(Sherbrooke) Placed in a difficult position when accused of a crime implores keep his job for the well-being of her child, the court has opted for this second option, Tuesday at the courthouse Sherbrooke.
A 31 year old woman in Richmond benefited from leniency by being imposed a conditional discharge for a matter of fact armed assault and assault causing harm.
The accused had admitted throwing a beer bottle in the face of her ex-husband 15 October 2015 the bar Justin Time Richmond.
The victim in this case had been cut and still has a scar between his eyebrows a result of these actions.
The woman behind this aggression was in a state of intoxication. The next day, she had apologized and tried to dissuade the father of her child to withdraw the complaint, breaking his conditions of release.
His lawyer Christian Raymond asked the court to consider the best interests of his client who must have a clean criminal record to keep his job and provide for his 6 year old.
The victim in this case and the child’s father does not keep resentment and does not want revenge in this case.
Through the voice of the criminal attorney Me Régis Juneau-Drolet, the father expressed that he did not want their child to suffer the consequences of the actions of his mother and wished him no harm.
The Crown could not however agree to the sentencing of conditional discharge.
Conrad Chapdelaine judge of the Quebec Court noted the efforts made by the mother to overcome his addiction. He also held that the fact that she can keep her job would be child’s interest.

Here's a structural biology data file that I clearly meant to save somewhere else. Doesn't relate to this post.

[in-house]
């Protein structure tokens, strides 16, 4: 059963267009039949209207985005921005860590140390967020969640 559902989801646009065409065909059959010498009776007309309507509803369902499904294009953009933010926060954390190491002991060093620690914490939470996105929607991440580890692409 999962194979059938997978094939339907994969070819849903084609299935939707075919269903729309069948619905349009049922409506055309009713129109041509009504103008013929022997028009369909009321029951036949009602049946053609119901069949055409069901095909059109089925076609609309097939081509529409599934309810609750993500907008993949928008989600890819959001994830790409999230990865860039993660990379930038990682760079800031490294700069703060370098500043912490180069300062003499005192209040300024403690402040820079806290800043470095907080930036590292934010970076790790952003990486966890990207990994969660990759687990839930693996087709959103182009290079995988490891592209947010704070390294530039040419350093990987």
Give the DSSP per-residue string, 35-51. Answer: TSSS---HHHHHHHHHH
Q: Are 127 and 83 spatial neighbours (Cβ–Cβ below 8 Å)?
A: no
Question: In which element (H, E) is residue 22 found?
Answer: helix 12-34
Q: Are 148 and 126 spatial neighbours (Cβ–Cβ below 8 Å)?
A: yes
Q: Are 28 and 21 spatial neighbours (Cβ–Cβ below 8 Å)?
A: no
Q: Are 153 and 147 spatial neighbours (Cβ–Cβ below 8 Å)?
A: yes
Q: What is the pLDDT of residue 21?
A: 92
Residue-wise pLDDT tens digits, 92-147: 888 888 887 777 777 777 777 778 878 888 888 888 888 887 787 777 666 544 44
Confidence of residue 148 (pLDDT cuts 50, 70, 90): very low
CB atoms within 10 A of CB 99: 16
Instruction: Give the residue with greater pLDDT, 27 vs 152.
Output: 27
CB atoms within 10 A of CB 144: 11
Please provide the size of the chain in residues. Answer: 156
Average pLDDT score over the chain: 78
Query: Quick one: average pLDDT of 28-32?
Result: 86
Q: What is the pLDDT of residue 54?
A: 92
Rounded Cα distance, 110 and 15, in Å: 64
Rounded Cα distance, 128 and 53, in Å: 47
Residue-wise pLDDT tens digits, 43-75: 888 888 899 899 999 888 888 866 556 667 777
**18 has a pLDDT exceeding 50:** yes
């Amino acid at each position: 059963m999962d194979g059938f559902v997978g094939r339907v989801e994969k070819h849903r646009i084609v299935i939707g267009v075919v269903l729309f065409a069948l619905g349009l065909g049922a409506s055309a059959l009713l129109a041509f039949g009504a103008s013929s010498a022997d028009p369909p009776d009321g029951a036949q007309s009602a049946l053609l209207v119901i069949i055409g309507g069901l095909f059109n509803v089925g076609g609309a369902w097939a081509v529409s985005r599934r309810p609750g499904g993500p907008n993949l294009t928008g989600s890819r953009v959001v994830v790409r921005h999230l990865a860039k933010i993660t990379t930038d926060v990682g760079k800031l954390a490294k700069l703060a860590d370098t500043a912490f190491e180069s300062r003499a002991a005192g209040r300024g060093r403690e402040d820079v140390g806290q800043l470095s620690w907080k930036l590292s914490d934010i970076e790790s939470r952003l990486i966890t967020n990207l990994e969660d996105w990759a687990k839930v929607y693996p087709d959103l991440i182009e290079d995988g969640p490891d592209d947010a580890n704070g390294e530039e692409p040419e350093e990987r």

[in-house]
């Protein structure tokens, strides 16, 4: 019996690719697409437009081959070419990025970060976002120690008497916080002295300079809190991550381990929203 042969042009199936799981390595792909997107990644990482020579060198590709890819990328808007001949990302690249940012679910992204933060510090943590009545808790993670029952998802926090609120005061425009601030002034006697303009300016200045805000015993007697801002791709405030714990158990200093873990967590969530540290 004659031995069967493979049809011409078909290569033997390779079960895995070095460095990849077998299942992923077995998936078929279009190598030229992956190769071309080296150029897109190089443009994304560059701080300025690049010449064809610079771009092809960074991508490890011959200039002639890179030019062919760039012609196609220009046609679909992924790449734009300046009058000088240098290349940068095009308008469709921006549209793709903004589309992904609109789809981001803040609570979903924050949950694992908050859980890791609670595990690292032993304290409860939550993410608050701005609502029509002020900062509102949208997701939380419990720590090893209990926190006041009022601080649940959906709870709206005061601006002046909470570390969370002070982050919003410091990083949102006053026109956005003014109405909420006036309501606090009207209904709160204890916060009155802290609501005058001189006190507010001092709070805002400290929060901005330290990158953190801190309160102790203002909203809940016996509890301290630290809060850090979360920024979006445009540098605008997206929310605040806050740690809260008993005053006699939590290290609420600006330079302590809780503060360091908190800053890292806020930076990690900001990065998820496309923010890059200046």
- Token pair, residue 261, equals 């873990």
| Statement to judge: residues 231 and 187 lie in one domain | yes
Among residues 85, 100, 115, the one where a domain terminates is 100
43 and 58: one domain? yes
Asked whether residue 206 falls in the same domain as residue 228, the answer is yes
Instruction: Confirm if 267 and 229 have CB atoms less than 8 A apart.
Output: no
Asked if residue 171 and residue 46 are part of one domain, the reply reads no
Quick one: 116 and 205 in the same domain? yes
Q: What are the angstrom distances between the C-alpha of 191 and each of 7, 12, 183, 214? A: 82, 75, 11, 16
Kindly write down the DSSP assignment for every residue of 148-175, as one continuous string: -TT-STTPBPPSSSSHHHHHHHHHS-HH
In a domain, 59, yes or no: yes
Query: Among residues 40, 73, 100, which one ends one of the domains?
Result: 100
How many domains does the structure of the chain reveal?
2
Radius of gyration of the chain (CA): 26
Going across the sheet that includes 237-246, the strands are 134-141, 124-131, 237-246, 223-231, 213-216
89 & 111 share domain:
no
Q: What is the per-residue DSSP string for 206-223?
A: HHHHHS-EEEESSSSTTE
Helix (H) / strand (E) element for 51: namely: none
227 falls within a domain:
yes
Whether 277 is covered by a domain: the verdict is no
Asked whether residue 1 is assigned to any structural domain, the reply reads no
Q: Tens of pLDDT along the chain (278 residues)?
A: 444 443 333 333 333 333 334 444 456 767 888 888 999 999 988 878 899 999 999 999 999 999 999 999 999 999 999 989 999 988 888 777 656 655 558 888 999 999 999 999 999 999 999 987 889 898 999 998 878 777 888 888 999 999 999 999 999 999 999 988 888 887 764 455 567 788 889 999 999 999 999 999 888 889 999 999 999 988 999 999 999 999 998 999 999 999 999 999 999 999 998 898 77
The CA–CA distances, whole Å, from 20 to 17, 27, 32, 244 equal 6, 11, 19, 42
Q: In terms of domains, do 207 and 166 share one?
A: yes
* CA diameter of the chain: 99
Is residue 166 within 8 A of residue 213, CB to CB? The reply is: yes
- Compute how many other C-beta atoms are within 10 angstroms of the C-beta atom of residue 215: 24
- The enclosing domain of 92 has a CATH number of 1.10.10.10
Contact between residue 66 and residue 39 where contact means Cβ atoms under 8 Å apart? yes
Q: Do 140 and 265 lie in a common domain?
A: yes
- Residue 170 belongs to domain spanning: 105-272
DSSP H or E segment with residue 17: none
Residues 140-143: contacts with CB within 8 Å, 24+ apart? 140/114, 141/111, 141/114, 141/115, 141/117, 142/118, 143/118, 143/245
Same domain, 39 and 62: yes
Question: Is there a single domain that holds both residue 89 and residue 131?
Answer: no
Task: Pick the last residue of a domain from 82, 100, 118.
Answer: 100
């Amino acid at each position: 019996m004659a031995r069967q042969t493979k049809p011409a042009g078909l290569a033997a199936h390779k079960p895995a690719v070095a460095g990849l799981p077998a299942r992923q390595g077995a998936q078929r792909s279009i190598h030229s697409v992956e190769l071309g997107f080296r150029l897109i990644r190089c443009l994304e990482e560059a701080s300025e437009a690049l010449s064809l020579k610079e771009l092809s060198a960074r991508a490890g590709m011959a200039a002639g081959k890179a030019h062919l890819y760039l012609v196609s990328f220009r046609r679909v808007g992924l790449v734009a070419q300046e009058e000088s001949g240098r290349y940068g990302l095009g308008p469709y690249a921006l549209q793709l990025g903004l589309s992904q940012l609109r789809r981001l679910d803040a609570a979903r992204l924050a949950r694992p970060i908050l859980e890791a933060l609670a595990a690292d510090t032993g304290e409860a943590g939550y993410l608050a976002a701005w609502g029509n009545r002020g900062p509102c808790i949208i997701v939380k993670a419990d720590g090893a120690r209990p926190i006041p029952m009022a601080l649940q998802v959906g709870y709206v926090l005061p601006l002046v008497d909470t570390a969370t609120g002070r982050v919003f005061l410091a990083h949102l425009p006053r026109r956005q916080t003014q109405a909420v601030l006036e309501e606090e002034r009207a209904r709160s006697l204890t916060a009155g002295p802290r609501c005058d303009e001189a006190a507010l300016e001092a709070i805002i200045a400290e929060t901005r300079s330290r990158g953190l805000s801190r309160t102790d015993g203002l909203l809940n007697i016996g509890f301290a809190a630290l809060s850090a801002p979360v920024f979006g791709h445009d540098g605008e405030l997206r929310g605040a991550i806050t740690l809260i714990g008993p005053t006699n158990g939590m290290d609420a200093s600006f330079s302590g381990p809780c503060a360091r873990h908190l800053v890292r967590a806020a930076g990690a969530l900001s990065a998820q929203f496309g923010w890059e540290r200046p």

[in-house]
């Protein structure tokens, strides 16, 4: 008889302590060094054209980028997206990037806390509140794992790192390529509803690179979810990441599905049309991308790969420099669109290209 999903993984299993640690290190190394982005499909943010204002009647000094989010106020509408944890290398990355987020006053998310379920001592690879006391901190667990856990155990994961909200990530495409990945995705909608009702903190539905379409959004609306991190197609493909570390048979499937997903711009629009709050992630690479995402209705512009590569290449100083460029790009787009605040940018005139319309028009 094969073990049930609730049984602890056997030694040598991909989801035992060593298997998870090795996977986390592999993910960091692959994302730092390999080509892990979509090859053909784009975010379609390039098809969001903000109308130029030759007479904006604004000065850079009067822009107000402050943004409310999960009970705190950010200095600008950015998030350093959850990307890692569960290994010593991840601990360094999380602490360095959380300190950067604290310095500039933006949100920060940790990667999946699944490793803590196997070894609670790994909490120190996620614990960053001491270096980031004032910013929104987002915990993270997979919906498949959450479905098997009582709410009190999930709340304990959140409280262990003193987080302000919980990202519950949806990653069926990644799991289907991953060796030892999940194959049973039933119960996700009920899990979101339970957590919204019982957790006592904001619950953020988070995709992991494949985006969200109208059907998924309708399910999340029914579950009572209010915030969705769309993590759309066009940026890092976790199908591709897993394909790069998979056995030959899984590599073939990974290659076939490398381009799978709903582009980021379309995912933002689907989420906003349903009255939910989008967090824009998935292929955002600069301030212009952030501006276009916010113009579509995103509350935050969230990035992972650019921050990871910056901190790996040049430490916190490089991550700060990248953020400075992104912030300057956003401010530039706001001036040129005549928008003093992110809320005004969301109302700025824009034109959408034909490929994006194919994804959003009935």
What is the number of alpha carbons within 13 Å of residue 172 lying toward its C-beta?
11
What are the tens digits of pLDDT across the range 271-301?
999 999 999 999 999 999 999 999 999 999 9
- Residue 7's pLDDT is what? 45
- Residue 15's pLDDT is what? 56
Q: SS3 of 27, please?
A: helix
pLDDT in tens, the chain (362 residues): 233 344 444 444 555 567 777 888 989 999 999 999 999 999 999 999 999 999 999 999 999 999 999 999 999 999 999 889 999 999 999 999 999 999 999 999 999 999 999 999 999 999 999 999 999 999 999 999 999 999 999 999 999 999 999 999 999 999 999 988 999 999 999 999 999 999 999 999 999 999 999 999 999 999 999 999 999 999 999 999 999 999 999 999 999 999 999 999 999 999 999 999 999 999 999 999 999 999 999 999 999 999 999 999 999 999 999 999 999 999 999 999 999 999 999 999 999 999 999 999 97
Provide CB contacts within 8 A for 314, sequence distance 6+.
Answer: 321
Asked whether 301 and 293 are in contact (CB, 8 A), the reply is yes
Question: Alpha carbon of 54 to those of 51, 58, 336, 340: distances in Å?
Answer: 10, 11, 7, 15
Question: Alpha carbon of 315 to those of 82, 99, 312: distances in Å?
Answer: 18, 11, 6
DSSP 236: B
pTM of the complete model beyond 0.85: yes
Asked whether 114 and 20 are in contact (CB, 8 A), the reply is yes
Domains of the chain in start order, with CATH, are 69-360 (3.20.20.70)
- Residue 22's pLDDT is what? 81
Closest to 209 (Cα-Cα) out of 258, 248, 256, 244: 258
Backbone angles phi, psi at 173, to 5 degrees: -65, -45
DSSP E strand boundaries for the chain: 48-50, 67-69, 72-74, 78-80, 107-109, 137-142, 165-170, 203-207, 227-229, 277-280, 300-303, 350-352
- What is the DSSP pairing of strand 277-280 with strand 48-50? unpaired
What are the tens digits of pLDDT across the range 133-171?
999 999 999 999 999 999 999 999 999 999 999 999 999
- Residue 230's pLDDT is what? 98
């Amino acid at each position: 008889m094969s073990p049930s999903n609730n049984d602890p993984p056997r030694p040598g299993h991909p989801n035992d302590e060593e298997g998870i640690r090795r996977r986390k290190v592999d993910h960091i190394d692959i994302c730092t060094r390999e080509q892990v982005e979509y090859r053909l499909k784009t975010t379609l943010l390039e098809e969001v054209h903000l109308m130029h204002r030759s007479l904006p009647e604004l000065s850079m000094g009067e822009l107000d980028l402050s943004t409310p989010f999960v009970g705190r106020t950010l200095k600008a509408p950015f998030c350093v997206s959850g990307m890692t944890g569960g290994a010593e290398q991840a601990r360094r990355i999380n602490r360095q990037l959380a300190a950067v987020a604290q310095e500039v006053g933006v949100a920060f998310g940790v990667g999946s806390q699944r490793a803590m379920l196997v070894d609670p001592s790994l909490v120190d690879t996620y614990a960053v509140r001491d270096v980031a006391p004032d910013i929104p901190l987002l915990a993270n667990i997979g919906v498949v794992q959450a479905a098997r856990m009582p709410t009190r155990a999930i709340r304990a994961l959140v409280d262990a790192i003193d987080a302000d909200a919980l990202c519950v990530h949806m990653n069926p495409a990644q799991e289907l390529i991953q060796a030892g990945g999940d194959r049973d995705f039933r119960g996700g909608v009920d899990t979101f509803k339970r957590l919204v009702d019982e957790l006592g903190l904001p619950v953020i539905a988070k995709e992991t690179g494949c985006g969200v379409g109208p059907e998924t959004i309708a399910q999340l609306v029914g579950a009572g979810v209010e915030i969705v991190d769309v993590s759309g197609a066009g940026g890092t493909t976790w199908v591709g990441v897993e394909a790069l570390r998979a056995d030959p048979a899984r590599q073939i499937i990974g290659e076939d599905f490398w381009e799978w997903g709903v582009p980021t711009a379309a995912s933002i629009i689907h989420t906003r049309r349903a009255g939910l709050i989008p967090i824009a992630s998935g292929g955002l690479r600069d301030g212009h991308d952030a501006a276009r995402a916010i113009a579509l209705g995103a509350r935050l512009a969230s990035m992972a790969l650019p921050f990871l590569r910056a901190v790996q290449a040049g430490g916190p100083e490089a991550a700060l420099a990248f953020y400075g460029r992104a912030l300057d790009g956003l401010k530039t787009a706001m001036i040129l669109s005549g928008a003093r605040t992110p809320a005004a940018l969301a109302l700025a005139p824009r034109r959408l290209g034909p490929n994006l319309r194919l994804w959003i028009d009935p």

It has imposed a conditional discharge under probation for three years, including two years with tracking. The accused will have to follow the instructions of the probation officer, particularly the guidelines on drug abuse and violence. She will continue her medication and follow the recommendations of his doctor.
During her probation, she must perform 200 hours of compensatory work.
“I hope the situation will evolve well for you and your child,” said the judge Chapdelaine making trouble in the 31 year old woman.
Drunk at the ATM
An individual 43 years of Sherbrooke would have done better to sober home instead of go to the ATM BMO King Street on the night of Monday to Tuesday.
Witnesses noted that the individual staggered his way to the branch of BMO to conduct a cashout.
“Police officers who were in the area went to the checks. They noticed the erratic driving of the suspect as he left the parking his vehicle, “said the spokesman of the Police Service of Sherbrooke, Samuel Ducharme.
In investigations following the arrest of the driver, the police found that it was a repeat offender for driving while impaired.
Taken to the headquarters of the SPS, the individual has recorded a rate of 203 mg per 100 ml of blood more than twice the legal limit by law.